“These are my people...”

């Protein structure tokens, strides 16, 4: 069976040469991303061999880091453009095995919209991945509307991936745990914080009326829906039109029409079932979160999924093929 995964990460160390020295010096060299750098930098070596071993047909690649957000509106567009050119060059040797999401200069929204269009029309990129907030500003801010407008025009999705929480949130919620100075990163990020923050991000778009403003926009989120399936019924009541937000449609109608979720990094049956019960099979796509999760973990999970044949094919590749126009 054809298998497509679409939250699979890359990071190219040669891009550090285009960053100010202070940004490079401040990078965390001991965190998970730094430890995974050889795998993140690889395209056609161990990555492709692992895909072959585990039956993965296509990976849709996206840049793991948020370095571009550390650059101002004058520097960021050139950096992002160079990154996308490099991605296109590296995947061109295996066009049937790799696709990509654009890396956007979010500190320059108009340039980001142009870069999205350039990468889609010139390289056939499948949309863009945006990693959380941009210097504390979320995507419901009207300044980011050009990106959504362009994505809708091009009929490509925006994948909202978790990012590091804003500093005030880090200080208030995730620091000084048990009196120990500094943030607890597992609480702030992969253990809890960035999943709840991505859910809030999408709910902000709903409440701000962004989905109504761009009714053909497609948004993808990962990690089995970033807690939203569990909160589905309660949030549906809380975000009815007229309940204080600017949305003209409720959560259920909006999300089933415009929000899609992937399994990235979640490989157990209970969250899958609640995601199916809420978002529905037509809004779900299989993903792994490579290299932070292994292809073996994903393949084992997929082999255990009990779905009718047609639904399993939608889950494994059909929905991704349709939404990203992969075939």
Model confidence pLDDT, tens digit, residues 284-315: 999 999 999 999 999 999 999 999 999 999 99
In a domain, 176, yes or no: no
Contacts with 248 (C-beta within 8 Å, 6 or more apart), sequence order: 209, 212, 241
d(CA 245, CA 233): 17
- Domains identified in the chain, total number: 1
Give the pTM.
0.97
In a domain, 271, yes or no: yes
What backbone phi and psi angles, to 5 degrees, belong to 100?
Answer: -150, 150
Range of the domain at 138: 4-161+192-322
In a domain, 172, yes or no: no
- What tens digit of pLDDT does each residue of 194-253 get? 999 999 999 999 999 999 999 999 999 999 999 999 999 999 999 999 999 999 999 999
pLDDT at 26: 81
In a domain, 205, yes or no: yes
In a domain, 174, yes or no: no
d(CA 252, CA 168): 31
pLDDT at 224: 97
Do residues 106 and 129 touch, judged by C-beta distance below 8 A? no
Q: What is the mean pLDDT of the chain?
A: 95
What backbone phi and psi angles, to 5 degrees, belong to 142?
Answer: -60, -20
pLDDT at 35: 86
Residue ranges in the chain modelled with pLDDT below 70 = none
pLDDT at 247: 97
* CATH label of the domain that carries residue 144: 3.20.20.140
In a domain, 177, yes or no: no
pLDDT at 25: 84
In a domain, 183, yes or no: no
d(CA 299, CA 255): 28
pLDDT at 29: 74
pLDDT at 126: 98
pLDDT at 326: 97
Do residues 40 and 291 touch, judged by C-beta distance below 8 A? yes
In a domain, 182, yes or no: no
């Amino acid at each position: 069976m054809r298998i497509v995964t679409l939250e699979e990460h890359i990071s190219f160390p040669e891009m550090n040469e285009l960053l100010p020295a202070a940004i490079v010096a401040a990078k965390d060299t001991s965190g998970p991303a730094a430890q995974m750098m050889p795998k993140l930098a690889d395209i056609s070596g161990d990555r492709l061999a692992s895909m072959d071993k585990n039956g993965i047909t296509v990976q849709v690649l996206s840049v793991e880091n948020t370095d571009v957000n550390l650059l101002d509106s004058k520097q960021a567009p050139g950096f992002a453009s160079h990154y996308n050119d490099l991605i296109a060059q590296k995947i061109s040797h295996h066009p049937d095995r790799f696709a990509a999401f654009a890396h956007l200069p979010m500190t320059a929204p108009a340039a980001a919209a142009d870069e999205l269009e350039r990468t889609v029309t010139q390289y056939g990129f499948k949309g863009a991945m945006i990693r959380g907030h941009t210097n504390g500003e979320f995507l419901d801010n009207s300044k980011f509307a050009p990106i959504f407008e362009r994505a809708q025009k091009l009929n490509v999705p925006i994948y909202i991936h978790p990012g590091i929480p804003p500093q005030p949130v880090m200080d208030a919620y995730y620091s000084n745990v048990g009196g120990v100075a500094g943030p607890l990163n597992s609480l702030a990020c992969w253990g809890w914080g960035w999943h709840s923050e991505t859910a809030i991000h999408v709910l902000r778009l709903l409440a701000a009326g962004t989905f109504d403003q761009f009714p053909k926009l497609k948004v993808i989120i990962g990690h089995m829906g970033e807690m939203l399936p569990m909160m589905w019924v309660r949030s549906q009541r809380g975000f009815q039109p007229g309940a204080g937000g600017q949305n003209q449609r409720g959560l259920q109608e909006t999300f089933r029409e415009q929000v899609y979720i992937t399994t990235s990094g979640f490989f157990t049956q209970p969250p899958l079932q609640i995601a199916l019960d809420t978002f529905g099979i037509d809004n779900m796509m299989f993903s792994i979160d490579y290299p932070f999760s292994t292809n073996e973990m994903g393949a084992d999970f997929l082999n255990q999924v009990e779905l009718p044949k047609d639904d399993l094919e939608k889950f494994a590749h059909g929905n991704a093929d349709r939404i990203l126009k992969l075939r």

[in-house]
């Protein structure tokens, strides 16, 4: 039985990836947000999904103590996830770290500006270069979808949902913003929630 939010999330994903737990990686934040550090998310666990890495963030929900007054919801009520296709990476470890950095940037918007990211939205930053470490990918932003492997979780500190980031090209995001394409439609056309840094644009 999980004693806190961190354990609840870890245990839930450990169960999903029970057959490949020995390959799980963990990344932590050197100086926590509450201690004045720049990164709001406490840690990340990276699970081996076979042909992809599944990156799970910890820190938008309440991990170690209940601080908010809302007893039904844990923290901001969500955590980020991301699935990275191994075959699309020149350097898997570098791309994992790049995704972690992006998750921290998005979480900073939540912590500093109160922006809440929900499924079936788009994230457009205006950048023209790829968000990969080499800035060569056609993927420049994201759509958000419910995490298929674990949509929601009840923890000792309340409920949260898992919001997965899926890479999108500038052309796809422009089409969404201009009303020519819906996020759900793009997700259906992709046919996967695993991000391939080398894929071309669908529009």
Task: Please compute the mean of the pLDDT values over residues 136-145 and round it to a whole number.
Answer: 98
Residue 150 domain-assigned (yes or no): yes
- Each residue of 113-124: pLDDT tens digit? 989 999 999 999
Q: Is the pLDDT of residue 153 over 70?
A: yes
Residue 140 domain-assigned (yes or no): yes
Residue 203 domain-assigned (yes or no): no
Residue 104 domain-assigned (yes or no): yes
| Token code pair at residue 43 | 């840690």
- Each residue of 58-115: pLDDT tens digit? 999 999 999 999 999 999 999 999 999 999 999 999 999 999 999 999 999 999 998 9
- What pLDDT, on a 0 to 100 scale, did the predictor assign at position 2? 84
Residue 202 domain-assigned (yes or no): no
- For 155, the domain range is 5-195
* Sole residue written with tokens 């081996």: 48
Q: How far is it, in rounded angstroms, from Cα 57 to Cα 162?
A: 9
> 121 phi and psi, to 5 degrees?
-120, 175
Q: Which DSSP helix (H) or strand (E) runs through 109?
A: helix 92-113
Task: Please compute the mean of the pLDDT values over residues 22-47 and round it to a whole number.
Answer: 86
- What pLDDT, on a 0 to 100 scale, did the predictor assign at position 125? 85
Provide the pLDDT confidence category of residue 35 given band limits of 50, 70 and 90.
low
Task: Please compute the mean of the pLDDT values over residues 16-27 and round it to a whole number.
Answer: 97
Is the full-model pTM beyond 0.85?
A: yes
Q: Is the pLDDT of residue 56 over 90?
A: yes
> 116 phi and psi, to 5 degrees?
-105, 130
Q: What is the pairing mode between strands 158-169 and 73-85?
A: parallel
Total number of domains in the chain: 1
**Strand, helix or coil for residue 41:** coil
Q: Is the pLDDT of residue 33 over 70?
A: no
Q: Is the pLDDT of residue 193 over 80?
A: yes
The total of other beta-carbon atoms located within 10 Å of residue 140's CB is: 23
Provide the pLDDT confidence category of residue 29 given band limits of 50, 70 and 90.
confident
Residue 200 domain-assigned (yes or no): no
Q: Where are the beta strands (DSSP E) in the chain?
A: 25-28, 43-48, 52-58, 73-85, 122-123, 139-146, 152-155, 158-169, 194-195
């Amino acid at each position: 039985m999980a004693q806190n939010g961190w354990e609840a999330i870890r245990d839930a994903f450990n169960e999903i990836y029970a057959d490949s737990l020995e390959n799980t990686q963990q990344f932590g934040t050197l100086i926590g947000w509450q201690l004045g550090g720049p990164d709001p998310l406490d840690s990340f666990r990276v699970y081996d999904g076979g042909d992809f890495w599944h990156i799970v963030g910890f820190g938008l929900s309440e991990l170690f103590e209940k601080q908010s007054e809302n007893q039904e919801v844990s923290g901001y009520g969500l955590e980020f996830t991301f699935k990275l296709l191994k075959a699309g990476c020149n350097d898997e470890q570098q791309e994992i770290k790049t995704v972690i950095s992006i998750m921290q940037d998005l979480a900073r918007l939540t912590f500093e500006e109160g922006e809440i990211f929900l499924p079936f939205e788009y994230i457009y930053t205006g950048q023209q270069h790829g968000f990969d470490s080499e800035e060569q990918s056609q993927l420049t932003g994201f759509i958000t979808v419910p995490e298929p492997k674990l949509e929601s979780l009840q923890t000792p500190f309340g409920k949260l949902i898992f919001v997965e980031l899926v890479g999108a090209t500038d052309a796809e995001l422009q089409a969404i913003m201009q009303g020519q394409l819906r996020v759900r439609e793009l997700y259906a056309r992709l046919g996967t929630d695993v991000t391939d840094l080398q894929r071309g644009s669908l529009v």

Jackie Susann’s two behemoths—Valley of the Dolls and The Love Machine—are peek-a-boos into the lives of the entertainment famous; taking the genre of roman à clef to the lowest depths, she gives readers soaring highs without hangovers—we enjoy without remorse all the filth, degradation, boozing, pill-popping, bed-hopping. As the literati crucified, she laughed while driving her armored truck to the bank, and it’s no exaggeration that her impact on the publishing industry changed everything; what every pantywaist condemned her for were the very things they’d try to demand but didn’t get from their own publishers. It’s not a leap either to say that she did what the snob novelists couldn’t do in their wildest dreams—get millions of nonreaders to read. Though her writing required extensive editing—her books may have been the first liposuctions, performed by surgeon Michael Korda—what she wrote about and the way she wrote hit responsive cords: the rich and famous really were just like us, doing the lowdown and dirty. Attacked because of crass, simplistic writing, the fact remains that Susann was loved by the public because she was crass and simple. Her vulgarity was the creamy butter poured on top of the popcorn text, her dialogue the white sugar on the nonpareils. She flashed by like the ultimate trash flick, and why the movies from her books couldn’t have been anything more than what they turned out to be—the poorest of imitations. Valley of the Dolls ranks in movie annals for reasons sickly coincidental to the book: director Mark Robson so mistreated everyone that reportedly everyone ended up hating everybody else. His lack of sensitivity to panicked Judy Garland, hoping for a comeback, was likely part of what caused her to relapse into drug use. (Refitted into atrocities designed for Judy by Travilla, Susan Hayward subbed, doing a not very disguised Ethel Merman who had been rumored to have had a fling with Susann who at the very least had a “star crush” fixation on “the Merm.”). His cruelty, Robson defended, would help get performances out of the doll takers but Patty Duke’s animus towards him prevented her from giving anything other than angry camp, the freakiness of which is appreciated nonetheless: her Neely—Susann’s version of Garland—is a scream from start to finish and a cult following developed, with little Neelys gathering together annually, dressed in garish minis and droopy mascara, to perform her memorable dross. As the saphead Anne stuck with bummer lines, Barbara Parkins survives thanks to her celebrated beauty. Paul Burke (Lyon) and Tony Scotti (Tony Polar) look like a casting agent’s desperate attempt to sub for Tony Franciosa. Though also hating the movie, Susann was down yet realistic about not just the savagery of reviews greeting it but who helped make huge the box office. She called book publicist Sherry Arden to tell her the following, recalled for biographer Barbara Seaman: “I was feeling so poorly that Irving [her husband] insisted I get dressed. We walked down to the theatre on Broadway where Valley was playing and there were lines around the block. Every hooker, every pimp, every pervert in New York was standing in that line, and I looked at Irving and said, ‘These are my people.’”

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